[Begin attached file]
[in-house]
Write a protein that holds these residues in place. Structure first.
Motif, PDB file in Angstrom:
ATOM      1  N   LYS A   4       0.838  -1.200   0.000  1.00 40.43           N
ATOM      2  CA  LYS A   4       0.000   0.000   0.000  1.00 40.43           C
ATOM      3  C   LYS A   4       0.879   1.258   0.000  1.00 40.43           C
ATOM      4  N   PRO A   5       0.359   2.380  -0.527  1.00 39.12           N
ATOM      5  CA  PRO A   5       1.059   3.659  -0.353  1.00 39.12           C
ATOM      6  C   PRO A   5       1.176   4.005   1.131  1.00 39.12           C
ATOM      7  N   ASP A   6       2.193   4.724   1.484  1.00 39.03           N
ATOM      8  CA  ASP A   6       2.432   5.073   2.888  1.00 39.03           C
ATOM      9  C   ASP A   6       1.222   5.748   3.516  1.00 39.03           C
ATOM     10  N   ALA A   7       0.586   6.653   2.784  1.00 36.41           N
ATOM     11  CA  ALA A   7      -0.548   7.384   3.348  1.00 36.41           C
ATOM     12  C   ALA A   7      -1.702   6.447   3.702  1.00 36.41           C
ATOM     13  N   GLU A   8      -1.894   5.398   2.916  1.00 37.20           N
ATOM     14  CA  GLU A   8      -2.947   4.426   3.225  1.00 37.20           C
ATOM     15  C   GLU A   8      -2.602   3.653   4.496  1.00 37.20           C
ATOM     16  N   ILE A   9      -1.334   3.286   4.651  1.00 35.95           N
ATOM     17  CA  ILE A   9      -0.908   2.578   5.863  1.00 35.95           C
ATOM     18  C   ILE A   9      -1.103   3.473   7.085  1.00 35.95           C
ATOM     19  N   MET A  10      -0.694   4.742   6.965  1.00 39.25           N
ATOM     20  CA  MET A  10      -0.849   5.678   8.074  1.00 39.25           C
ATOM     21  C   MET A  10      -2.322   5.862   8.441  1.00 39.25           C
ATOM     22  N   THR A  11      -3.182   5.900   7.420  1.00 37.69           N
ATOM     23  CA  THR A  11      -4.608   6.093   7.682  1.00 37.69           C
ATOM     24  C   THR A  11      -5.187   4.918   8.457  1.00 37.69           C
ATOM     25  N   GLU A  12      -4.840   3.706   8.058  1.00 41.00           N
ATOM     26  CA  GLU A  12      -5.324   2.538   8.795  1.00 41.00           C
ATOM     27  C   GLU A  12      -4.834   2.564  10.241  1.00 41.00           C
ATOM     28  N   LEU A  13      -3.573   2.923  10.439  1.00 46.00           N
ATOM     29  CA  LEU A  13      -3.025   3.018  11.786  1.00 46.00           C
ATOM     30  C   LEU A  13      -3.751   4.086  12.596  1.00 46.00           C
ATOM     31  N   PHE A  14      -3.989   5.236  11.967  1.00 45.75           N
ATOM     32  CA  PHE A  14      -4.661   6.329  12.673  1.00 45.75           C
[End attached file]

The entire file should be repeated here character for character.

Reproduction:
[in-house]
Write a protein that holds these residues in place. Structure first.
Motif, PDB file in Angstrom:
ATOM      1  N   LYS A   4       0.838  -1.200   0.000  1.00 40.43           N
ATOM      2  CA  LYS A   4       0.000   0.000   0.000  1.00 40.43           C
ATOM      3  C   LYS A   4       0.879   1.258   0.000  1.00 40.43           C
ATOM      4  N   PRO A   5       0.359   2.380  -0.527  1.00 39.12           N
ATOM      5  CA  PRO A   5       1.059   3.659  -0.353  1.00 39.12           C
ATOM      6  C   PRO A   5       1.176   4.005   1.131  1.00 39.12           C
ATOM      7  N   ASP A   6       2.193   4.724   1.484  1.00 39.03           N
ATOM      8  CA  ASP A   6       2.432   5.073   2.888  1.00 39.03           C
ATOM      9  C   ASP A   6       1.222   5.748   3.516  1.00 39.03           C
ATOM     10  N   ALA A   7       0.586   6.653   2.784  1.00 36.41           N
ATOM     11  CA  ALA A   7      -0.548   7.384   3.348  1.00 36.41           C
ATOM     12  C   ALA A   7      -1.702   6.447   3.702  1.00 36.41           C
ATOM     13  N   GLU A   8      -1.894   5.398   2.916  1.00 37.20           N
ATOM     14  CA  GLU A   8      -2.947   4.426   3.225  1.00 37.20           C
ATOM     15  C   GLU A   8      -2.602   3.653   4.496  1.00 37.20           C
ATOM     16  N   ILE A   9      -1.334   3.286   4.651  1.00 35.95           N
ATOM     17  CA  ILE A   9      -0.908   2.578   5.863  1.00 35.95           C
ATOM     18  C   ILE A   9      -1.103   3.473   7.085  1.00 35.95           C
ATOM     19  N   MET A  10      -0.694   4.742   6.965  1.00 39.25           N
ATOM     20  CA  MET A  10      -0.849   5.678   8.074  1.00 39.25           C
ATOM     21  C   MET A  10      -2.322   5.862   8.441  1.00 39.25           C
ATOM     22  N   THR A  11      -3.182   5.900   7.420  1.00 37.69           N
ATOM     23  CA  THR A  11      -4.608   6.093   7.682  1.00 37.69           C
ATOM     24  C   THR A  11      -5.187   4.918   8.457  1.00 37.69           C
ATOM     25  N   GLU A  12      -4.840   3.706   8.058  1.00 41.00           N
ATOM     26  CA  GLU A  12      -5.324   2.538   8.795  1.00 41.00           C
ATOM     27  C   GLU A  12      -4.834   2.564  10.241  1.00 41.00           C
ATOM     28  N   LEU A  13      -3.573   2.923  10.439  1.00 46.00           N
ATOM     29  CA  LEU A  13      -3.025   3.018  11.786  1.00 46.00           C
ATOM     30  C   LEU A  13      -3.751   4.086  12.596  1.00 46.00           C
ATOM     31  N   PHE A  14      -3.989   5.236  11.967  1.00 45.75           N
ATOM     32  CA  PHE A  14      -4.661   6.329  12.673  1.00 45.75           C